By Eva Stimson
Zechariah has at least two good reasons to be thankful: (1) After years of childlessness, his wife, Elizabeth, has just given birth to their first son. (2) After being mute throughout Elizabeth’s pregnancy, his speech has been restored.
Imagine yourself in Zechariah’s situation. What would your first words be after nine months of enforced silence? Zechariah’s first words are ones of praise. In loosening Zechariah’s tongue, God also has opened Zechariah’s eyes, giving him an even greater reason to give thanks. No longer is he the fearful doubter who wants proof that his wife can actually bear a son in her old age (Luke 1:8-20). Inspired by the Holy Spirit, he suddenly sees the events of his own life as part of a larger divine plan.
At the center of this plan is a “mighty savior” (or “horn of salvation” in the Greek text). Like the “righteous Branch” in Jeremiah 23:5, Zechariah’s savior is a descendant of King David who will rescue God’s people from their enemies so they “might serve [God] without fear.” Both Zechariah and Jeremiah emphasize “righteousness”- just and holy living- as a by-product of the people’s salvation.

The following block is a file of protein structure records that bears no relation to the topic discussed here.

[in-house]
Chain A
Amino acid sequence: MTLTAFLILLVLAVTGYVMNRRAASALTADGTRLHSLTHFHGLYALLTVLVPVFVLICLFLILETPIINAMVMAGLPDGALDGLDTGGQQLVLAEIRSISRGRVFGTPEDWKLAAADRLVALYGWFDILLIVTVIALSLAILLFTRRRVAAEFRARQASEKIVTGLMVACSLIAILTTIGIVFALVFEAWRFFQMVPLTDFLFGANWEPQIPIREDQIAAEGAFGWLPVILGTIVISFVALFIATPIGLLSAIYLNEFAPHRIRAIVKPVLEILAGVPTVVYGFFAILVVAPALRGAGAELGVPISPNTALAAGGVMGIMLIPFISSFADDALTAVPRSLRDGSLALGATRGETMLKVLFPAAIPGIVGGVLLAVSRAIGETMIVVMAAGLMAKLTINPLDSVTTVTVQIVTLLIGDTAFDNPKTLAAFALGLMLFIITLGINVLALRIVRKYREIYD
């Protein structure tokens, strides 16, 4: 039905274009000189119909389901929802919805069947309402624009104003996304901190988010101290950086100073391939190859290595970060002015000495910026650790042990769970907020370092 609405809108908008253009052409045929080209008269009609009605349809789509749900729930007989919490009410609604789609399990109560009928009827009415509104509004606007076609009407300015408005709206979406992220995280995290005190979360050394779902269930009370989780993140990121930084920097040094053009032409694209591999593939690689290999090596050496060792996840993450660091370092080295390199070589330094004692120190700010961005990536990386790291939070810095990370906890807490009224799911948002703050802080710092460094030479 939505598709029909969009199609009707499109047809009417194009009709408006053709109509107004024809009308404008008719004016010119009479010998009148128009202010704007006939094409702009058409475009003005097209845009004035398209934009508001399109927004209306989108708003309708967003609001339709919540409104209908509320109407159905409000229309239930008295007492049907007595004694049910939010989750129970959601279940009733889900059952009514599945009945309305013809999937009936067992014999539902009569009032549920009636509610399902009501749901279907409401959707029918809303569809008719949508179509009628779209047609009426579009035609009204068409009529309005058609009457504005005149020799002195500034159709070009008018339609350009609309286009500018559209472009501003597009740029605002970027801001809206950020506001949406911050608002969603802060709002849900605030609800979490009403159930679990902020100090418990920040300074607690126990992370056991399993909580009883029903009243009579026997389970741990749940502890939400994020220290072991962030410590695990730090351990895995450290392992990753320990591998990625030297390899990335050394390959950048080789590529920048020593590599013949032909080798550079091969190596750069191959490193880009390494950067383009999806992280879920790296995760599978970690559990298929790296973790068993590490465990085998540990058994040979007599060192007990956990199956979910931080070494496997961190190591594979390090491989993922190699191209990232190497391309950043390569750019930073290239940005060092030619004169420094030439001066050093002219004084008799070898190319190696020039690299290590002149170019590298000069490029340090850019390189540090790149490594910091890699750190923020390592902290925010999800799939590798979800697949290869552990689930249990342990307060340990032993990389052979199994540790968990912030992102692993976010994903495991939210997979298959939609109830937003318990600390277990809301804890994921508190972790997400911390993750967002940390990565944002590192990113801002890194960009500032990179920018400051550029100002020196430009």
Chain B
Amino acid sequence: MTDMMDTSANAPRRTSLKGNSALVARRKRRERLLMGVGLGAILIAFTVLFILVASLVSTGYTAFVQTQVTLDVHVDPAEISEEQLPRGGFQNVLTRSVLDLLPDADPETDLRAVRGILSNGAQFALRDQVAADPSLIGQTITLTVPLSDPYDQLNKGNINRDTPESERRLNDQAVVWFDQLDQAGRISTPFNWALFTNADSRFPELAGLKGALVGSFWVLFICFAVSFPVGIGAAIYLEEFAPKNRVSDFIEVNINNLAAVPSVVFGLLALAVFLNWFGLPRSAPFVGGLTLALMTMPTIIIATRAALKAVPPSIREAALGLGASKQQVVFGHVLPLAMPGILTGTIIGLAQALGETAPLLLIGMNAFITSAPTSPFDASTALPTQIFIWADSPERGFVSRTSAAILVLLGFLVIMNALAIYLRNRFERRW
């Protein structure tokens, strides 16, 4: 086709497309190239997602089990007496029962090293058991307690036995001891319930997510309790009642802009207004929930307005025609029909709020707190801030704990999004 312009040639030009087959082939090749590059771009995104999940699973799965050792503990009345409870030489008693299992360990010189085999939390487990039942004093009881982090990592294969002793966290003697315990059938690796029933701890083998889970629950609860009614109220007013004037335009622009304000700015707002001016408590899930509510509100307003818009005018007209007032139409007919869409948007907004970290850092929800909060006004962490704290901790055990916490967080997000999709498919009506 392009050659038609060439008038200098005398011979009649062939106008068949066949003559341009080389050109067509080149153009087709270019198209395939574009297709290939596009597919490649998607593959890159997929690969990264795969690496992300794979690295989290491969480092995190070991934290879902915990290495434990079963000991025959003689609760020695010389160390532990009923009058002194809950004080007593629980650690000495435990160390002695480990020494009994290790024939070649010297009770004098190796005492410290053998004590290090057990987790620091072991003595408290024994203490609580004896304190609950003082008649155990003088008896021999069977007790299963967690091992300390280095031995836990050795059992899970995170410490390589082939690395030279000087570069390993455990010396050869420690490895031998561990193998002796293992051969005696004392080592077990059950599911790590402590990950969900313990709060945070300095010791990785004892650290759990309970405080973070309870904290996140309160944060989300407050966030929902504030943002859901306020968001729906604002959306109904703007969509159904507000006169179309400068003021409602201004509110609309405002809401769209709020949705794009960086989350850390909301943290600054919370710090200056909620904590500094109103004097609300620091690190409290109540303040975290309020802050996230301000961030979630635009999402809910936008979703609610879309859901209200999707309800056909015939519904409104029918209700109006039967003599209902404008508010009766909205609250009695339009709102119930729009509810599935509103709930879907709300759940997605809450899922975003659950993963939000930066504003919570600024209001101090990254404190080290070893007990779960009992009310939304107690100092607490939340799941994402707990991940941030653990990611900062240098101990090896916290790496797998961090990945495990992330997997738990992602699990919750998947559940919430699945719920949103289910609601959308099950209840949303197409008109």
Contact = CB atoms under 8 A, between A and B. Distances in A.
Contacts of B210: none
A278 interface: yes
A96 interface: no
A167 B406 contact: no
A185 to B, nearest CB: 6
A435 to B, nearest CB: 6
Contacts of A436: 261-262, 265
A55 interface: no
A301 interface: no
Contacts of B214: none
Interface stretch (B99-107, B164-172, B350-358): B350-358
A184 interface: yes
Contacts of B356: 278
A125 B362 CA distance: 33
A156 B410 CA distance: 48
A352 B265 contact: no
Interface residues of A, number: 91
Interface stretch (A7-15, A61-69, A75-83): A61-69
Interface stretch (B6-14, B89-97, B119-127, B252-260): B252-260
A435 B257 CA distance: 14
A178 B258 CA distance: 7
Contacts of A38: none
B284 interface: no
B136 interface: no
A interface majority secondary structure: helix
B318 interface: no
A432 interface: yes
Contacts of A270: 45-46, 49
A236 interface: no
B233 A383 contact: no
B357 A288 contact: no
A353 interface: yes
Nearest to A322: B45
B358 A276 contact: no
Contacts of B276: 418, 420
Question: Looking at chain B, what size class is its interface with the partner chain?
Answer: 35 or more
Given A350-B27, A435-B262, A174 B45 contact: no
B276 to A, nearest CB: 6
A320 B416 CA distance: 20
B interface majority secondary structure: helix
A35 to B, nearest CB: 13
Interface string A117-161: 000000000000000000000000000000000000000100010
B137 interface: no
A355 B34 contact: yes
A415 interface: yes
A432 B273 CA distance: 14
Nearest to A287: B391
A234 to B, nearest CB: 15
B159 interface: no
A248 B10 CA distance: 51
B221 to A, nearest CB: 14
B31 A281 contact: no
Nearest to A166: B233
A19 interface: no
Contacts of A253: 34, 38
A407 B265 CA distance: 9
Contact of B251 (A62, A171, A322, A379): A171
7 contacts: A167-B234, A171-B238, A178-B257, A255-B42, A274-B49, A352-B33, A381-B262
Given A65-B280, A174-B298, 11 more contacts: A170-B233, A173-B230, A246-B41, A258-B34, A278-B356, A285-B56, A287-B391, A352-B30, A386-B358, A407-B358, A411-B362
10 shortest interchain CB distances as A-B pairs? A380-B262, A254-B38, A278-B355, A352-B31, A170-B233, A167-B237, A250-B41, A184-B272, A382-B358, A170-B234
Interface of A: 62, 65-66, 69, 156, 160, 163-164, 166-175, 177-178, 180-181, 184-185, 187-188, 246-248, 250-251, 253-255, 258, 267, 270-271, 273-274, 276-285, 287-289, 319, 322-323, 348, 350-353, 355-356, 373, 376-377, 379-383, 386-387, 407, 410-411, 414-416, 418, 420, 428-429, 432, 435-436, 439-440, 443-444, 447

While the Jeremiah prophecy is written in future tense, clearly looking toward events to come, Zechariah speaks in Luke 1 as though the events he describes have already happened. How can this be, since Jesus does not arrive on the scene until the following chapter?
This unusual choice of tenses reminds us that God is not limited by our sense of time. In God’s time there is no past, present, and future. In Christ the whole world is already redeemed, even though we can’t always see evidence of that reality.
God, give me the eyes of a prophet, so that I can see how my life fits into your unfolding plan of salvation. Give me the voice of a prophet, so I can share the good news that redemption is already here. Amen.